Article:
We’ll see what he says.
Only two papers have ever claimed to have found an anthropogenic signal in sea level (one of them based largely on the other)—and it was in the Indian Ocean. The signal later disappeared with more data. of course, they hardly count in advising the whole world to avoid modern industrialisation, as James does.
Warming oceans

Some are warming, some are cooling. Look at the data and you’ll find that different latitudinal bands are cooling and warming, different depth bands are cooling and warming. Different oceans are accumulating and dissipating heat. The picture is far from certain and far from alarming. Ocean heat content is no reason to worry about climate change.

Warming atmosphere

The atmosphere has not warmed significantly for about 20 years. This graph of the UAH satellite record for the lower troposphere shows the temperature has not risen significantly since about 1997. It gives us no reason to worry.

What scientific evidence does de Freitas have that shows negative (cooling) feedbacks prevail?

First, 4.5 billion years of earth’s existence, during which enormous length of time positive feedbacks have never occurred predominated. Second, I don’t know, since I haven’t spoken with him over this. Third, since it’s your assertion that positive feedbacks are about to occur, it’s your responsibility to provide evidence for it. What is it?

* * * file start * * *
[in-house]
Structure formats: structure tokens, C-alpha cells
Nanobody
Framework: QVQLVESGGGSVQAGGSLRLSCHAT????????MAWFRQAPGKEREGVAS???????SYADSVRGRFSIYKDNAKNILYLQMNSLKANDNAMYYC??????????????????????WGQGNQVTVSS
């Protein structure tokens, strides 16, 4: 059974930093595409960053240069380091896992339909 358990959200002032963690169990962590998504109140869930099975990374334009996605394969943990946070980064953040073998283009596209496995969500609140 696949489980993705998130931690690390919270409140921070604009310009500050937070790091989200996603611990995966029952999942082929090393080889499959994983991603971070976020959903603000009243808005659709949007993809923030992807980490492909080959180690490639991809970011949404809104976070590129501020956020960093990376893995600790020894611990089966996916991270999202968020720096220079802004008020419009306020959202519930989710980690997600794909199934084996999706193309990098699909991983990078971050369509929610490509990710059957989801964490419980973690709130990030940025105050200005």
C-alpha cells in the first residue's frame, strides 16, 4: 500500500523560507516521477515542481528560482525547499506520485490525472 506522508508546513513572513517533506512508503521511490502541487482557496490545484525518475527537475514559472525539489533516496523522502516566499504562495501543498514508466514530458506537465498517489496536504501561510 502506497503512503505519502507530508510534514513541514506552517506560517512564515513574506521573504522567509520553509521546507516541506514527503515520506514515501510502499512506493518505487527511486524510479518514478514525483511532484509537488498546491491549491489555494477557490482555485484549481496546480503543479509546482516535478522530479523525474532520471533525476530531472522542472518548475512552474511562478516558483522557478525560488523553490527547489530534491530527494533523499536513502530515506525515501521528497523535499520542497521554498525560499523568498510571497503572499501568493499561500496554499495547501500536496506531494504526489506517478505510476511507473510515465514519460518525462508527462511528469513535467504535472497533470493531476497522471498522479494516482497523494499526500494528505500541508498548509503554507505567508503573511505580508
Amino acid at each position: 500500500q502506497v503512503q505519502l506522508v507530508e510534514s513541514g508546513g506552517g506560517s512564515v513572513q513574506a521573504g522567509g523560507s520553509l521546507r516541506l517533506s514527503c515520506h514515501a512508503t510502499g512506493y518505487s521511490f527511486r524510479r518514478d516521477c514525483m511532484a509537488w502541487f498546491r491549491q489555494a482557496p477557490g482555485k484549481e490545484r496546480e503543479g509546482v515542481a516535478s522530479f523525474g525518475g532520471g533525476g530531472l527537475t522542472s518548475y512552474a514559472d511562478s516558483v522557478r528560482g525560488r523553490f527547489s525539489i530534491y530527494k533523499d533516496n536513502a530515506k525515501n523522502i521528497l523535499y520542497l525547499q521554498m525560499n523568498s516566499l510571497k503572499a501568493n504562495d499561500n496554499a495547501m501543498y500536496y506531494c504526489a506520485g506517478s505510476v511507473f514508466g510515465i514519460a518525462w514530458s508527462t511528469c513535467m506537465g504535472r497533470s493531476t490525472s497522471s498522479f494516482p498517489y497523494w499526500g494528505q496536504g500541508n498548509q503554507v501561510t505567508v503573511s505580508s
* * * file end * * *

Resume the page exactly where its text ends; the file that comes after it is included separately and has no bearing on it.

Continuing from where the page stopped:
Positive feedbacks are clearly under way.

There is no evidence that positive feedbacks are under way. Can you provide any?

De Freitas states that there is no evidence to distinguish between “natural” and “human-caused” warming. There is an 86-page chapter on this topic in the last IPCC report, citing over 600 scientific papers on the subject. The conclusion was: “It is extremely likely that human activities caused more than half of the observed increase in Global Mean Surface Temperature from 1951 to 2010.” How can this be characterised as “no evidence”?

First, “extremely likely” only means that it’s possible, which doesn’t make it evidence. Second, the only indication, even in AR5, that human activity causes atmospheric warming is the output from unvalidated climate models, which doesn’t make it evidence. Please provide evidence of human-caused warming.

 

33 Thoughts on “Renwick weak in climate quarrel

  1. Simon on August 2, 2016 at 9:57 pm said: